A Heart to Give

If you like to see parts of this morning’s worship service including the baptism and the sermon click here,

Meditation on Mark 10:17-31

Oct. 14, 2018

Merritt Island Presbyterian Church


 17 As he was setting out on a journey, a man ran up and knelt before him, and asked him, “Good Teacher, what must I do to inherit eternal life?”  18 Jesus said to him, “Why do you call me good? No one is good but God alone.  19 You know the commandments: ‘You shall not murder; You shall not commit adultery; You shall not steal; You shall not bear false witness; You shall not defraud; Honor your father and mother.’”  20 He said to him, “Teacher, I have kept all these since my youth.”  21 Jesus, looking at him, loved him and said, “You lack one thing; go, sell what you own, and give the money to the poor, and you will have treasure in heaven; then come, follow me.”  22 When he heard this, he was shocked and went away grieving, for he had many possessions. 23 Then Jesus looked around and said to his disciples, “How hard it will be for those who have wealth to enter the kingdom of God!”  24 And the disciples were perplexed at these words. But Jesus said to them again, “Children, how hard it is to enter the kingdom of God!  25 It is easier for a camel to go through the eye of a needle than for someone who is rich to enter the kingdom of God.”  26 They were greatly astounded and said to one another, “Then who can be saved?”  27 Jesus looked at them and said, “For mortals it is impossible, but not for God; for God all things are possible.”  28 Peter began to say to him, “Look, we have left everything and followed you.”  29 Jesus said, “Truly I tell you, there is no one who has left house or brothers or sisters or mother or father or children or fields, for my sake and for the sake of the good news,  30 who will not receive a hundredfold now in this age—houses, brothers and sisters, mothers and children, and fields, with persecutions—and in the age to come eternal life.  31 But many who are first will be last, and the last will be first.”



Today, we are blessed with the joy of baptism!  We will welcome Annika and Silas into the family of God.



We will pray for the Spirit to come and dwell with them, shape and grow them to become what God has planned for them.



When we baptize, we are urged to remember our own baptisms and be thankful. For Christ has claimed us. We belong to Him and no longer live for ourselves. Paul in Romans 6:4 says,  Therefore we have been buried with him by baptism into death, so that, just as Christ was raised from the dead by the glory of the Father, so we too might walk in newness of life. Paul says again in Galatians 2:20,  “I have been crucified with Christ and I no longer live, but Christ lives in me. The life I live in the body, I live by faith in the Son of God, who loved me and gave himself for me.”

Our 2018 Book of Common Worship says, “Baptism enacts and seals what the word proclaims. God’s redeeming grace is offered to all people. Baptism is at once God’s gift of grace, God’s means of grace, and God’s call to respond to that grace.  Through baptism, Jesus calls us to repentance, faithfulness, and discipleship. Through baptism, the Holy Spirit gives the Church its identity and commissions the Church for service in the world. … When we are baptized, we are made one with Christ, with one another, and with the Church of every time and place.  In Christ, barriers of race, status, and gender are overcome; we are called to seek reconciliation in the Church and world, in Jesus’ name.” (p. 404) As Paul in Galatians 3:28 says,   ” 28 There is no longer Jew or Greek, there is no longer slave or free, there is no longer male and female; for all of you are one in Christ Jesus.”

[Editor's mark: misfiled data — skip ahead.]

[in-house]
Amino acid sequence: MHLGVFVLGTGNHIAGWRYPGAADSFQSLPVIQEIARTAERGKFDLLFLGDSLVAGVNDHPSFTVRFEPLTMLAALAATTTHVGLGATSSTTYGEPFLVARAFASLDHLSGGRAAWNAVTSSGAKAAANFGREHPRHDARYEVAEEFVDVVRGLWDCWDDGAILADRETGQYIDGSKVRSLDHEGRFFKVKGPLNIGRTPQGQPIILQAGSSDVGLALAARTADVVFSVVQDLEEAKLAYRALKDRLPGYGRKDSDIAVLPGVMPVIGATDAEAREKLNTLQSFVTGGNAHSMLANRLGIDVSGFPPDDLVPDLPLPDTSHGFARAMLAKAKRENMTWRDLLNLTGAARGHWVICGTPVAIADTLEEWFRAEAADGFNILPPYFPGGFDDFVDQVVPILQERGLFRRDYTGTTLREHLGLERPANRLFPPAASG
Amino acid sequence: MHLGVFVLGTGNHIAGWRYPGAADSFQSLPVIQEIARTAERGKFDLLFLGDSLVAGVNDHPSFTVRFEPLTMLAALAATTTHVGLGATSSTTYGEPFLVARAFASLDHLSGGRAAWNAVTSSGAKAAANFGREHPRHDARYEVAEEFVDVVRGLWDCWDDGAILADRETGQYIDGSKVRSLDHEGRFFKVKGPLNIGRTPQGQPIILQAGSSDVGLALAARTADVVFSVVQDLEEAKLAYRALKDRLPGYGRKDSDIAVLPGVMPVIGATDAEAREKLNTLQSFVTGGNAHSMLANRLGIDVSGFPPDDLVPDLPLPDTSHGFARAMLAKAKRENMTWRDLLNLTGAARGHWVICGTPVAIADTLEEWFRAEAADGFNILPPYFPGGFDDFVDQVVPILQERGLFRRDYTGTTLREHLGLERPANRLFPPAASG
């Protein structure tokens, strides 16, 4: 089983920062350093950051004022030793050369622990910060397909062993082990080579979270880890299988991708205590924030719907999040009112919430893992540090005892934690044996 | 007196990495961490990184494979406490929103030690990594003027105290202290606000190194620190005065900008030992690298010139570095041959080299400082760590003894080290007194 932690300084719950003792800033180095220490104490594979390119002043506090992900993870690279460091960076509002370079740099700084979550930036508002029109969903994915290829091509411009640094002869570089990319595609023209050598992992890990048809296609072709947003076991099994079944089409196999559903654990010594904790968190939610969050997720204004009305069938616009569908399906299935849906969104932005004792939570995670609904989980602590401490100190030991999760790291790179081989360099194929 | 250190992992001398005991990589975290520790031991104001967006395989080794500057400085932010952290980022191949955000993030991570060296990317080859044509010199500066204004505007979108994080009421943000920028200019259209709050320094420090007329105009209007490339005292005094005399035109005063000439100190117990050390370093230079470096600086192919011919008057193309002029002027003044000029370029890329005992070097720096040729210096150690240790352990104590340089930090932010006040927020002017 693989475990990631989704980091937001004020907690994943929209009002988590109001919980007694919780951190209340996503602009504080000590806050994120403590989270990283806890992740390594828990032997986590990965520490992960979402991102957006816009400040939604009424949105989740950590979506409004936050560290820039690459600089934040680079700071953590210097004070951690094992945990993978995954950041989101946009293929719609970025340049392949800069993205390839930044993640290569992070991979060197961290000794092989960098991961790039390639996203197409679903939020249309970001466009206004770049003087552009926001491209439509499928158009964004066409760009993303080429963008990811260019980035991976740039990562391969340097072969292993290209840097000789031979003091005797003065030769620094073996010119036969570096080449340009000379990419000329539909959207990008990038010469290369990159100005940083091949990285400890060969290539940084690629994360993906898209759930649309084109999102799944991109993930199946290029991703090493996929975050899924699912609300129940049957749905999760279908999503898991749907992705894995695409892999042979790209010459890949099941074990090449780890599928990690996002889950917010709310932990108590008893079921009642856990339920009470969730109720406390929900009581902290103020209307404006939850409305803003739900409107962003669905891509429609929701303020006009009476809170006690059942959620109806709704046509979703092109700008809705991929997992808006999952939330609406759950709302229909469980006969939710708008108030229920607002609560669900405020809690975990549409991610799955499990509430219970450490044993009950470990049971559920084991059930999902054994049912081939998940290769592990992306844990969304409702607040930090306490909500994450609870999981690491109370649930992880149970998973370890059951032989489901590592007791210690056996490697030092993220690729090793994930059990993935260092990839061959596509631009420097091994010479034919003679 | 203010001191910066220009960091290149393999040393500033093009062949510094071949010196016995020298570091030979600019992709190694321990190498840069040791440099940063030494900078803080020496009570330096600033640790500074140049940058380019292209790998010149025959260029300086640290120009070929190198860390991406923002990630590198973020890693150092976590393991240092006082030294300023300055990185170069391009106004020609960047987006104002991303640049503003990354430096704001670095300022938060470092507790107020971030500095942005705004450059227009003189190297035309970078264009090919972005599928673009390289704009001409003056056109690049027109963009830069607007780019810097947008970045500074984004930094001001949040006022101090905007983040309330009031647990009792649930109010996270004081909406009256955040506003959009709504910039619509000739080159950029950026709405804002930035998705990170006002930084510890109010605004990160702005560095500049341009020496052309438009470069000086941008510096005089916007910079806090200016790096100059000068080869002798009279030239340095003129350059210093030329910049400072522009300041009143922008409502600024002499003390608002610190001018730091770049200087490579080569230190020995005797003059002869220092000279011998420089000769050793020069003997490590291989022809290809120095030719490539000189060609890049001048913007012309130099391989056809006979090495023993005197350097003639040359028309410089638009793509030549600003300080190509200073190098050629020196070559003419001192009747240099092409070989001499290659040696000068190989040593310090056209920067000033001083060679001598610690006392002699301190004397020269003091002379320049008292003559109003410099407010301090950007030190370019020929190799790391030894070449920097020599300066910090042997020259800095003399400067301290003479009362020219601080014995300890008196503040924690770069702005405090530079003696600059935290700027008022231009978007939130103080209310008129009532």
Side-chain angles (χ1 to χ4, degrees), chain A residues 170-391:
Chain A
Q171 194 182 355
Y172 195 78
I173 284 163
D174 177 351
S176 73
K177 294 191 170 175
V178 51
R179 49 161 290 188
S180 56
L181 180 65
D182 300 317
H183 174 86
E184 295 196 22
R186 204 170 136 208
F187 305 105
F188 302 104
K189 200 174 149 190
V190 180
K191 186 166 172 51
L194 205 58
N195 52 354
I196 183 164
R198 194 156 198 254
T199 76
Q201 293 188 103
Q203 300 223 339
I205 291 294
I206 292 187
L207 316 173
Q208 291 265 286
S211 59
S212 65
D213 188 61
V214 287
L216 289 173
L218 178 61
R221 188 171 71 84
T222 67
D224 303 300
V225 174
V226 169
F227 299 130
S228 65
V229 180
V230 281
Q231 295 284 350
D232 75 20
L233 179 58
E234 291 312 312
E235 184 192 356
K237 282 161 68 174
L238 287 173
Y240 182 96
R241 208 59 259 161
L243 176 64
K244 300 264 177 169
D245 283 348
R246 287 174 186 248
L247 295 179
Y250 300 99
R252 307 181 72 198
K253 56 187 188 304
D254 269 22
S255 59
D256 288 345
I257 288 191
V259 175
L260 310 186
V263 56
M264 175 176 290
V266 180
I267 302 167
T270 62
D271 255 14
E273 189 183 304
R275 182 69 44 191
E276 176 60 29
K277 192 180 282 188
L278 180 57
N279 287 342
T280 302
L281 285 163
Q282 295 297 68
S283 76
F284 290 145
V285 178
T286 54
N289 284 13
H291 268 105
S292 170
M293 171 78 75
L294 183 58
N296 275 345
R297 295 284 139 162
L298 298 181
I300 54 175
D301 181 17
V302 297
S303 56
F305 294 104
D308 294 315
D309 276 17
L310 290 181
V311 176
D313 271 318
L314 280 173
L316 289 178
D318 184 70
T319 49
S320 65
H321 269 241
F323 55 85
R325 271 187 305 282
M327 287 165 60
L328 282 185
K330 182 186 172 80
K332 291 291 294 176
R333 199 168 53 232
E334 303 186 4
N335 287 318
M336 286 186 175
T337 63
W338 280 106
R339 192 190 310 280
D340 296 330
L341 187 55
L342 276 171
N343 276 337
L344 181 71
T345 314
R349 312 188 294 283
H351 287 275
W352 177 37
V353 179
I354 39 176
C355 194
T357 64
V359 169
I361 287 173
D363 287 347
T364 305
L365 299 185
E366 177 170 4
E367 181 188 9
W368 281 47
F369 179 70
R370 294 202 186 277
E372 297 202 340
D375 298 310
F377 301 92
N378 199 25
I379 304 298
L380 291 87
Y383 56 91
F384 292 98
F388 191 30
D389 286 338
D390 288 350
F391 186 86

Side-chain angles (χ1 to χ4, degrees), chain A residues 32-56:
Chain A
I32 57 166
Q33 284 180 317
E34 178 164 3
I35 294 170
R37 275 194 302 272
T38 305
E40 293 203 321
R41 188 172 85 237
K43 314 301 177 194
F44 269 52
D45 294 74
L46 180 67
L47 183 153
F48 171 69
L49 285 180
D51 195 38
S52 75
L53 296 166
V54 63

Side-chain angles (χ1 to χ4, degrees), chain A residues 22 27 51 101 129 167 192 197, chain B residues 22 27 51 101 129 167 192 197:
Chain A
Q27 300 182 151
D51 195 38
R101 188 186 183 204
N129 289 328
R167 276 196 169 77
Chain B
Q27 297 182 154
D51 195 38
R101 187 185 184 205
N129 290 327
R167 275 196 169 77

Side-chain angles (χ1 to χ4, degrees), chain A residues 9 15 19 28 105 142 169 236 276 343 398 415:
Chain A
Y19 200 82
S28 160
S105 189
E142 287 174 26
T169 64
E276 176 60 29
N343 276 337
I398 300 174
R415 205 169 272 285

In baptism, we say “yes” to following Jesus, wherever he may lead us.  And we promise to help one another be faithful to Christ’s call. We recommit ourselves to seeking the “newness of life,” made possible by the Spirit of God.



If I were on a desert island and could only choose one gospel to have with me, it wouldn’t be Mark. Other people have shared my view, I discovered in my reading this week.


American Theologian William Placher says that Mark has been the most neglected gospel for most of Christian history. Even Augustine of Hippo (354-430 A.D.)  “noticed how much of Mark can also be found in Matthew…” so why “consult a truncated copy,” asks Placher, when “the fuller original was available?”


Mark is “an odd text—abrupt, sometimes clumsy, written in Greek totally without literary polish, yet astonishing in its complexity…. Written by an ill-educated author long ago, it has amazing similarities to the work of the some of the most sophisticated storytellers of our time.” (2)  It wasn’t until English Deist Thomas Chubb,  a man without formal education, in the early 18th century, “proposed that Mark was really the first Gospel to be written” that scholars began to study it more seriously.



Many have come to agree with him and place Mark’s writing between 65 and 75.

Following a radical teaching on marriage, divorce and children, in which Jesus rejects his patriarchal culture that views women and children as men’s property, Mark continues teaching on wealth, discipleship and the kingdom of God in our reading today. Jesus is on a journey when a man runs up to him and kneels before him, asking what seems like a stupid question, “Good teacher, what must I do to inherit eternal life?” But Jesus doesn’t treat it like a stupid question. He does, however, correct him in calling him, “Good teacher.” When he says, “No one is good but God alone,” he’s not saying he isn’t good; he’s saying,  “I’m not just a teacher.” From the first line of Mark’s gospel, we know that Jesus is the Son of God!

Jesus then asks the man about his obedience to the commandments. Is he trying to trick the man? I don’t think so. He is about to refute a traditional Jewish belief that wealth is a sign of divine favor. Moses warns the Israelites in Deut. 28:11-18 to remember that their prosperity comes from God as a reward for obedience to His commands.